14. Van Pope, 3B
A huge late season surge, especially in the homerun department, has him moving up the radar. He is still a batter that needs a lot more consistency, as he feasts on left-handed pitching (.323/.401/.516), but struggles against right-handers (.234/.330/.388). Still, Myrtle Beach is a tough place to hit for power and Pope performed admirably. With Andy Marte out of the system, and Eric Campbell apparently making a shift to second base, Van Pope finds himself number one on the third base depth chart in the organization with no one else really pushing for his job.
15. Kristopher Medlen, RHP
The Braves thought enough of the young right-hander to put him on the Rome playoff roster. Still a young player, he has already displayed a knack for being a power closer. His 36 strikeouts verses just two walks in 22 relief innings are the types of numbers that will cause him to rise quickly through the system. He was a solid player on both sides of the ball, and the Braves seemed to have chosen correctly in turning him into a pitcher.
16. Beau Jones, LHP
A first-rounder a year ago whose stock dropped a lot in my book this year. He couldn't seem to find any consistent control, walking 83 and surrendering 125 hits in only 110.2 innings pitched. His 18 wild pitches were also indicative of his lack of control. On the positive side he managed to strike out 101 and only give up eight homeruns (out of 125 hits, that's a low HR total). He still has a good arm and a project-able body, and should improve in the years to come.
17. Jairo Cuevas, RHP
He's a big right-handed power starting pitcher, but he doesn't have full control of his pitches yet. Other rankings may place him higher on the prospect chart, but I want to see a little more before he moves up mine.
18. Will Startup, LHP
He made a huge impact in double-A this year after putting up solid numbers in the Sally league last year. Startup is someone who has actually gotten better since being drafted from the University of Georgia in the fifth round last year. He has reduced the walks he allows and increased his strikeouts since college. When promoted to triple-A in the middle of this year he hit a bit of a roadblock while struggling with his control, but he finished strong once he adjusted to the competition. It doesn't hurt that he's a lefty, but after holding lefties to a .094 batting average at Mississippi, he allowed them to hit .313 off him in Richmond.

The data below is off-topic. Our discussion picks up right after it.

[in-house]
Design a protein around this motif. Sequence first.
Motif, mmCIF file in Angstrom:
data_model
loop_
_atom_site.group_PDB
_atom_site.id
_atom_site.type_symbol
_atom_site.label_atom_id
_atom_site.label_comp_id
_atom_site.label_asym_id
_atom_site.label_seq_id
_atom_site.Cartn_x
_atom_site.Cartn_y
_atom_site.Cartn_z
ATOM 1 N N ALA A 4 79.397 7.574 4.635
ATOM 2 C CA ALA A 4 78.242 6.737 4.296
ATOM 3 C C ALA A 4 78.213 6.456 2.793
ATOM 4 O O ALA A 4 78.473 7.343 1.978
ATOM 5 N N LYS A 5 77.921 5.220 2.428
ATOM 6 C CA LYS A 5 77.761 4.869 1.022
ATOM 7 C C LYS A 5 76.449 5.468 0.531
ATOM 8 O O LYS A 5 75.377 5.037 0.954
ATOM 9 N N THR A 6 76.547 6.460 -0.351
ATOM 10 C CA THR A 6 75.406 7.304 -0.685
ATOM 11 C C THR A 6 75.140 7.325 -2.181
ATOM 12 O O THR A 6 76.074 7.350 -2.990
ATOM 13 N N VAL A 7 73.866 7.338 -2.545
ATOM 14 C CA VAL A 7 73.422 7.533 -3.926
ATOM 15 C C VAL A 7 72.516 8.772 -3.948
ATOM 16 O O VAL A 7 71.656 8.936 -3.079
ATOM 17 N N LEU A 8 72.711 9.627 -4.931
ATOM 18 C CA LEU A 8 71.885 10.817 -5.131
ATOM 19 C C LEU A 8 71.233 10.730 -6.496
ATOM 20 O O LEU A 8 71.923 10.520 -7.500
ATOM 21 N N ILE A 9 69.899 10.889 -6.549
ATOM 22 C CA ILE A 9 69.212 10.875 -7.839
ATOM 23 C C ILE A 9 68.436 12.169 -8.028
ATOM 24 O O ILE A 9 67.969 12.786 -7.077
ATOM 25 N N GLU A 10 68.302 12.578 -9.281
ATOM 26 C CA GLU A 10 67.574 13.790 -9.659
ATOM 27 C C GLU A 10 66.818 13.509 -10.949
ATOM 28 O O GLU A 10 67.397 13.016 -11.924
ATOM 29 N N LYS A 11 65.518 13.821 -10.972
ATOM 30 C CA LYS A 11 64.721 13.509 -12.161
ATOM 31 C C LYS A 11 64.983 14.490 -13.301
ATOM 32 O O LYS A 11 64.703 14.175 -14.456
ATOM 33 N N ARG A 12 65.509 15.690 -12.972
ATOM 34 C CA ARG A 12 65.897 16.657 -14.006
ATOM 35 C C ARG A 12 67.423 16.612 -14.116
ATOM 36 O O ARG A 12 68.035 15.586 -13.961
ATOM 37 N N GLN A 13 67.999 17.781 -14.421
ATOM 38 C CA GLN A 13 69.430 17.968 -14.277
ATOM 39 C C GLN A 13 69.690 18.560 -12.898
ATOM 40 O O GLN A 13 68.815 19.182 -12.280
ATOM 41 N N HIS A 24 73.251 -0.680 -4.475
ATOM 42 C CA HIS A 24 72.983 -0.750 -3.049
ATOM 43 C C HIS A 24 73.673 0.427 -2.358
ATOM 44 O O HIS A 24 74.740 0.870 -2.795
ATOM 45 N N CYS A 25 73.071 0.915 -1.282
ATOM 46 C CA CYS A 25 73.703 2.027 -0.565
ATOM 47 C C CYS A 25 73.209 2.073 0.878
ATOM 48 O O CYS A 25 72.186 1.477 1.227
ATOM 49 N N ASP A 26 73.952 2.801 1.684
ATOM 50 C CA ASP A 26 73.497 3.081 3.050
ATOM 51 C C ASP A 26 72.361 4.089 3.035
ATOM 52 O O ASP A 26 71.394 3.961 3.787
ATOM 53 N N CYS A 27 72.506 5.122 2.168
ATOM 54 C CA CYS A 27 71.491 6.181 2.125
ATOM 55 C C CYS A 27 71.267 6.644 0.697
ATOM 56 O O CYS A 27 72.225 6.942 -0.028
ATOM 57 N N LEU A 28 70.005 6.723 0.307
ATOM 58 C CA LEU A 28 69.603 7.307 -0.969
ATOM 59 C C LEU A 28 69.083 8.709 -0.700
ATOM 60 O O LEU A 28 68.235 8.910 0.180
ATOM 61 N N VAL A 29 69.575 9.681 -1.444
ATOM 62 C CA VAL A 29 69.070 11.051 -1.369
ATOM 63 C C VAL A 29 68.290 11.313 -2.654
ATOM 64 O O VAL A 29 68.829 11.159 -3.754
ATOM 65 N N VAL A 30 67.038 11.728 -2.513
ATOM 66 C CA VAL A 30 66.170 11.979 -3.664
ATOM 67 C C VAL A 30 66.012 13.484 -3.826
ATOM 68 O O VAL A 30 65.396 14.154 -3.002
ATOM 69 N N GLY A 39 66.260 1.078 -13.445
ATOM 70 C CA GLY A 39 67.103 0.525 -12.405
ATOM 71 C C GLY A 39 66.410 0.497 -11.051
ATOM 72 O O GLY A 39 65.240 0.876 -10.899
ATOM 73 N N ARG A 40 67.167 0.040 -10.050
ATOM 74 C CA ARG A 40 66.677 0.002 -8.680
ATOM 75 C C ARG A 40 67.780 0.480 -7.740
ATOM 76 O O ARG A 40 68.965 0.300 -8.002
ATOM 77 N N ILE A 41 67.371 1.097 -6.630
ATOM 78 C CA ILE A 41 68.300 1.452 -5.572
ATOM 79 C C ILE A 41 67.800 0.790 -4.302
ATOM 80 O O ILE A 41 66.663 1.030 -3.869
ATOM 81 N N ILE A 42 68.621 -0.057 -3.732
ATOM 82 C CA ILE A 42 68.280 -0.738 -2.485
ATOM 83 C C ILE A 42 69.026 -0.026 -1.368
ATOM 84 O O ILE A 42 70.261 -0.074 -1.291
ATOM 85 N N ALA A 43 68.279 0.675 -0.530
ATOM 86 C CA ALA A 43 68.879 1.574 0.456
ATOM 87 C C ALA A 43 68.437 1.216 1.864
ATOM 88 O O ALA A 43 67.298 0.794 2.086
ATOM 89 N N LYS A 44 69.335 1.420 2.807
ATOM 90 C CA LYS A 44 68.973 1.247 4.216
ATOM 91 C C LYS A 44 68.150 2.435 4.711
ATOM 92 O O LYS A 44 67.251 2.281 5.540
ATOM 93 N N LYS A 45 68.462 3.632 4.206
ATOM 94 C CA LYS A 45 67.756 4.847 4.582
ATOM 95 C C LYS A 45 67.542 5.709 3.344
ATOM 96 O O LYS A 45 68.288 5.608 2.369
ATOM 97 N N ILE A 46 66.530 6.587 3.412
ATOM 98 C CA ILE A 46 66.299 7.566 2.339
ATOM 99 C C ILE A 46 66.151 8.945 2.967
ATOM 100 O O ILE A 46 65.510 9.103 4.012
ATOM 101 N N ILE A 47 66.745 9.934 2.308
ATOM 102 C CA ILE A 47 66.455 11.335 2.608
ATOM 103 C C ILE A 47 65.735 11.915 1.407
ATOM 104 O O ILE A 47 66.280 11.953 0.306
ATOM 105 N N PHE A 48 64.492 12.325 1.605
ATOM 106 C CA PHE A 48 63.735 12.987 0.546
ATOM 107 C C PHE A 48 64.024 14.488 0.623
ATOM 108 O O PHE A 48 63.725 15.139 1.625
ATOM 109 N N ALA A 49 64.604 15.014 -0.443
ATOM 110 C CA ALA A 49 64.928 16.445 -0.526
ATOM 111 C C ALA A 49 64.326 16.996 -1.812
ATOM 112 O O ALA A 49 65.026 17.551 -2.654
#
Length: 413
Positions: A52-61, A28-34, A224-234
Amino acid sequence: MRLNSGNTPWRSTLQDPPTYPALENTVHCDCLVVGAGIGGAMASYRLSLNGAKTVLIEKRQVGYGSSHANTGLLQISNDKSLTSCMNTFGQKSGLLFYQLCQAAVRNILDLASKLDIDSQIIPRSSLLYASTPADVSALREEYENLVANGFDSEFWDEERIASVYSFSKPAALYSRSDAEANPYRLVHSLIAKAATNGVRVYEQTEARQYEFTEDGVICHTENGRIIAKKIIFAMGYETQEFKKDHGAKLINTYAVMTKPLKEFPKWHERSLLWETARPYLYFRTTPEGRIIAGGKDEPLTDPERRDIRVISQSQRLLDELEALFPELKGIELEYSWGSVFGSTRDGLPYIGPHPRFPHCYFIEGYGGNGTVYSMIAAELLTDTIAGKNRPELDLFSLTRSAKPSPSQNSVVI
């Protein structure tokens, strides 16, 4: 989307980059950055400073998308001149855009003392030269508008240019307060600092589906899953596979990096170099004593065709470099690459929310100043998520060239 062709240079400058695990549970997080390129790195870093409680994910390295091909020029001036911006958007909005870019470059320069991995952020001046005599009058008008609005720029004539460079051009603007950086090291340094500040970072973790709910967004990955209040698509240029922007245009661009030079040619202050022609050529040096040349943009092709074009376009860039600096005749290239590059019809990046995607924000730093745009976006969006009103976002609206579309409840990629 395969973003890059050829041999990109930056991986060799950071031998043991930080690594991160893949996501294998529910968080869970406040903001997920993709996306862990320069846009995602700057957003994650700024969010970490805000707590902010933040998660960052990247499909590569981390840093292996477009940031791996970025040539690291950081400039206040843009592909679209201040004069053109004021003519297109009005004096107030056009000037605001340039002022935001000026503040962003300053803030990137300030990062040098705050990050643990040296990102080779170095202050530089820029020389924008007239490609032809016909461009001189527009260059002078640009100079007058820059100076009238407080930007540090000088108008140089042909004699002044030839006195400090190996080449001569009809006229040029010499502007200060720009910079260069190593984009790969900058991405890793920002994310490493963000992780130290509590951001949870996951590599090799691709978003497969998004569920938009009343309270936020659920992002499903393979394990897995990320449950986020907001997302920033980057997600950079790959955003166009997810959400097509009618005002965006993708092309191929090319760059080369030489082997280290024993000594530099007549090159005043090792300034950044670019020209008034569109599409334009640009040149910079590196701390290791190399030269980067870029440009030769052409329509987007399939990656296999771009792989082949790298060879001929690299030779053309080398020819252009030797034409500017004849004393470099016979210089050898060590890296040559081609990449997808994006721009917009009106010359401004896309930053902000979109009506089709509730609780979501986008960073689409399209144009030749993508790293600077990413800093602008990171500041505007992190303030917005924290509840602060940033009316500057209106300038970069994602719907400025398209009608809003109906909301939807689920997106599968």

He will probably receive another year of seasoning at triple-A, but along with Devine and Gunderson could be a mainstay in the Atlanta pen for years to come.
19. Manny Acosta, RHP
He split the season between double-A and triple-A much like Sartup, and while he posted decent ERA's, his WHIP numbers were not that impressive. While walking almost a batter an inning at Mississippi, he cut that only slightly in his move to triple-A. He can strike people out, but he will have to improve on his control to truly be effective. He was a Yankee Minor League castoff whom the Braves have been able to turn around.
He may figure into any potential bullpen scramble in Spring Training, but he most likely needs another year of seasoning in the Minors.
20. Martin Prado, 2B
The Braves system seems to be full of scrappy second basemen, and Prado is the head of the class. He will be in the second base mix if Marcus Giles is traded in the off-season. He will also be given a shot at winning a spot as a backup infielder and has a good chance to unseat Pete Orr.
21. Bryan Pena, C
He still doesn't display a lot of power, but he's a solid contact hitter who has medium power in the gaps. He's also an above average defensive catcher with a good arm.
Unless the Braves sign another Todd Pratt type catcher, or even Todd Pratt himself, then Pena will be the backup to Brian McCann next year. I really like BP as a player, and while I am realistic that he's not that hot of a prospect, I think he can be a solid Major League catcher for many years.
22. Carl Loadenthal, OF
Carl is a scrappy underrated player out of the Marcus Giles mold. He posted all around great numbers at hi-A - combining walks and a hint of power; .323/.425/.427. With 25 steals and almost an equal number of walks to strikeouts, he could become a lead-off hitter out of the Brady Clark mold. He is still a guy that will have to continue to prove himself, and he will also have to improve his defense.
23. Matt Young, OF/2B
A lot like Loadenthal, Young is a gutsy speedster with a good idea of the strike zone as evidenced by 71 walks verses 55 strikeouts.
24. J.C. Holt, 2B
Lots of speed at second base...sounds like a combination the Braves could use.
25. Thomas Hanson, RHP
Another young pitcher, like Jamie Richmond, who kept his WHIP under 1.00 (at 0.99). At 6'6'' he is a tall kid who was a draft and follow from a year ago.